Boos believes weight training is the foremost way of improving resting metabolism for fat burning, but does not eliminate the support of cardio training, which he believes should be done three times a week, more intensely. In cardio training, he believes most people are approaching it in a less effective way. He feels the focus should be on being inefficient rather than efficient, such as getting less from a calorie, rather than getting more.
"It should not be about how long you can perform an aerobic activity, but rather what that aerobic activity can create in post exercise energy expenditure." Boos' theory about cardio training is that it would be better approached in A.D.D. fashion, that is Aerobic Deficit Disorder. What he means by that is spending no more than 5 minutes per aerobic activity or machine and never allowing your body to enter homeostasis, where you become calorie efficient and comfortable.
"If you've ever gone jogging, the first 5 minutes seem difficult to adjust to, because your body is trying to achieve a new level. After your breathing and pulse stabilize, you feel better, because you have adjusted and have become more efficient. You are now getting more work out of each calorie burned. That is performance oriented and not what you need. You need to become inefficient and, thus, burn more calories in less time." His A.D.D. program achieves this by never allowing your body to lock in to homeostasis, by constantly changing the activity every 5 minutes. One of his trainers has tried this by doing 5 minutes on the stepper, 5 minutes on the bike and 5 minutes on the rower, repeating this for 2 cycles for a total of 30 minutes. She has reported that although her muscles did not burn like they would have by staying on one piece of equipment for 30 minutes, she felt she had done a more comprehensive workout in the same amount of time with far better results. Once again, it's quality over quantity. Not "more is better" but "better is better.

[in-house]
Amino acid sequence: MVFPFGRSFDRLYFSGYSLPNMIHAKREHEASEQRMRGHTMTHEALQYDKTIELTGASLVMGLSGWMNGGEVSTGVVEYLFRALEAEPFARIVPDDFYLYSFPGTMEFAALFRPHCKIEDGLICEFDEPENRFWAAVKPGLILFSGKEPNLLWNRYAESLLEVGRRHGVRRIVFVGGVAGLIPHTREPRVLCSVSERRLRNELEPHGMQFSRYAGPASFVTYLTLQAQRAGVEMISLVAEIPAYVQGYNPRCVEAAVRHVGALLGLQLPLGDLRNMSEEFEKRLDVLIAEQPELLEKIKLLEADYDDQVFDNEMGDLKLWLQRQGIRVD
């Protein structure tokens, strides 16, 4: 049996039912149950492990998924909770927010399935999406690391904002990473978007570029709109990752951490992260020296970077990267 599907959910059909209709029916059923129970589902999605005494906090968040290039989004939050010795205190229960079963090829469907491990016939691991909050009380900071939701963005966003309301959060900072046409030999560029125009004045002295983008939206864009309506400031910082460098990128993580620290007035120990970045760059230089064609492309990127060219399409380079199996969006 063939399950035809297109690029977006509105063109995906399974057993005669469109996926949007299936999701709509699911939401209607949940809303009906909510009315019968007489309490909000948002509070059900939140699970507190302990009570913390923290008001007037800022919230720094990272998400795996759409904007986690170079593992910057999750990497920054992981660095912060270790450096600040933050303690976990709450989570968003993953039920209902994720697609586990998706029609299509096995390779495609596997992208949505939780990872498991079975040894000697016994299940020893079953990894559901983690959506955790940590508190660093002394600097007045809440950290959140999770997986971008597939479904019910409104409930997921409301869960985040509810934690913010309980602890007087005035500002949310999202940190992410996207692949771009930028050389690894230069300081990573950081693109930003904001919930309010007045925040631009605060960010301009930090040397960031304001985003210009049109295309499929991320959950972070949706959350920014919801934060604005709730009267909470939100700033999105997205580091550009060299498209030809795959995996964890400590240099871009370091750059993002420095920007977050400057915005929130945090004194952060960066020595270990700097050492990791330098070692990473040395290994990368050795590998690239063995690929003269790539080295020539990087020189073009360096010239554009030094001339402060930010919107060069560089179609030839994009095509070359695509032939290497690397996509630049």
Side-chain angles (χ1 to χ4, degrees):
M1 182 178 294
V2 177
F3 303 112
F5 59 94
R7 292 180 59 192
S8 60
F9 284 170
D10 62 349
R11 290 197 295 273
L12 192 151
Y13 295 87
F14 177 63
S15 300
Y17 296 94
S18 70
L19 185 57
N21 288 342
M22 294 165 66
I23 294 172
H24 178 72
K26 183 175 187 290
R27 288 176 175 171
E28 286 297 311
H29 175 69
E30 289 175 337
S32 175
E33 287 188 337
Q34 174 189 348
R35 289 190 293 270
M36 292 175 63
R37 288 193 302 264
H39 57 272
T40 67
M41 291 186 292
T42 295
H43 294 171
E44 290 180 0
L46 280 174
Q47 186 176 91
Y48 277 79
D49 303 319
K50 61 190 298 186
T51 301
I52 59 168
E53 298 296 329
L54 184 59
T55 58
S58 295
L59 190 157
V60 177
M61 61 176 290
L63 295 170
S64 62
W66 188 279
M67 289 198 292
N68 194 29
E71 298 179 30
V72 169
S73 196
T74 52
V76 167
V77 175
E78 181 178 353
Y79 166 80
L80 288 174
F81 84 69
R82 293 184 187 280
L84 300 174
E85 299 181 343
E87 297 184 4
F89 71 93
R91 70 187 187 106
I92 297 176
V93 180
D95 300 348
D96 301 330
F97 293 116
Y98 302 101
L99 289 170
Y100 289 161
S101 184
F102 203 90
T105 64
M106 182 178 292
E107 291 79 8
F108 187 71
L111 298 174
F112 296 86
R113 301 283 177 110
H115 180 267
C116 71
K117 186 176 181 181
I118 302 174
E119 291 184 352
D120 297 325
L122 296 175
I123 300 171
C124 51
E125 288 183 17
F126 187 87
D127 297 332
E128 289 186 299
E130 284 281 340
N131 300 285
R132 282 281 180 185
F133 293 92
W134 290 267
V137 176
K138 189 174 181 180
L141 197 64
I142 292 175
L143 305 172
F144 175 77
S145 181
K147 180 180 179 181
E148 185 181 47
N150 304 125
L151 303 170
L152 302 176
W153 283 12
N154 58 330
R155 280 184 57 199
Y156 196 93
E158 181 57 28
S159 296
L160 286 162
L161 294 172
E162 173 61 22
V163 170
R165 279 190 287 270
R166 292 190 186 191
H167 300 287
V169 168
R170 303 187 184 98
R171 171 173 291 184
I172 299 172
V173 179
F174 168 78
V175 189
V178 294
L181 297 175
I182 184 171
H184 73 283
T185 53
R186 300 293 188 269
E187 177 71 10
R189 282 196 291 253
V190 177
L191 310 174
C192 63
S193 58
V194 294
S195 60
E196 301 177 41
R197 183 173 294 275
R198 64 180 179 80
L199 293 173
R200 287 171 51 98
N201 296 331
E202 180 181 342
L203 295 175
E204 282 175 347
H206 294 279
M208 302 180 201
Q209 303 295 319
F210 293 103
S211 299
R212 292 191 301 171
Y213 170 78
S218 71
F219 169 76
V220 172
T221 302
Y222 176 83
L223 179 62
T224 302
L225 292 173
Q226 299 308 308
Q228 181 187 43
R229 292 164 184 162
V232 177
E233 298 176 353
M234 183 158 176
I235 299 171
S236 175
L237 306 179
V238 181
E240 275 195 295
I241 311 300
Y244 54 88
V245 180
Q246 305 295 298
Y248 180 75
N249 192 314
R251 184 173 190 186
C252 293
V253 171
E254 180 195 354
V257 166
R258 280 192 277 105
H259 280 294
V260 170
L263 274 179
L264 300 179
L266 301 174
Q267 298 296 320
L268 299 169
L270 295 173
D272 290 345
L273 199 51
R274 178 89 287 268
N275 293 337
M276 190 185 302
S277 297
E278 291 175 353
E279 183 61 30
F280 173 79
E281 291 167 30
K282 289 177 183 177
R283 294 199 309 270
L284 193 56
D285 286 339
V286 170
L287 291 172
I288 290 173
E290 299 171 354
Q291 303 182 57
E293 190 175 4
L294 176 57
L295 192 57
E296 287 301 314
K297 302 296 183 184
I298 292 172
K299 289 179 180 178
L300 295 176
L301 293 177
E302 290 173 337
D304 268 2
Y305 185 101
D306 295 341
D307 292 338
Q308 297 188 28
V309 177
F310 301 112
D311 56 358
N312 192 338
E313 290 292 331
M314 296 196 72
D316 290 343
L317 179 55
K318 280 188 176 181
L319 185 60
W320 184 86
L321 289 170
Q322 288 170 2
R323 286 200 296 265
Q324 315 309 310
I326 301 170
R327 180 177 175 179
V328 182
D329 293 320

"In other words, it's not about how many calories a manufacturer claims you burn while you use a certain machine, that's called marketing. I want to know how many calories you burn after exercise. If you do too much aerobics you can actually produce too much cortisol, which can tear your muscles down and make you more susceptible to illness and thus increase the aging process. Boos says women are targeted by the industry and that all the books are telling only half the story. "Women's egos go up when the scale goes down, but it's often weight loss, not necessarily fat loss. Most diet books are very misleading. The industry depends on making them come back for more, so they can make more money. The "how to" books do not tell you "why" you are doing what you are doing. If they did, you wouldn't do it." John believes in teaching his clients so they can take part in their own success. He is a true exercise Renaissance man who practices what he preaches.
Editor's note: Having known John Boos for more than 14 years, the editor vouches for his holistic approach to fitness and sincerity in helping people achieve their fitness goals. Boos is a very dedicated, professional who imparts cutting edge information in the health & fitness field that he so passionately shares with other.
For more info, please visit John Boos' website at www.boosmass.com, email boosmass @aol.com, or call 1-631-587-4786. or see his ad in this issue.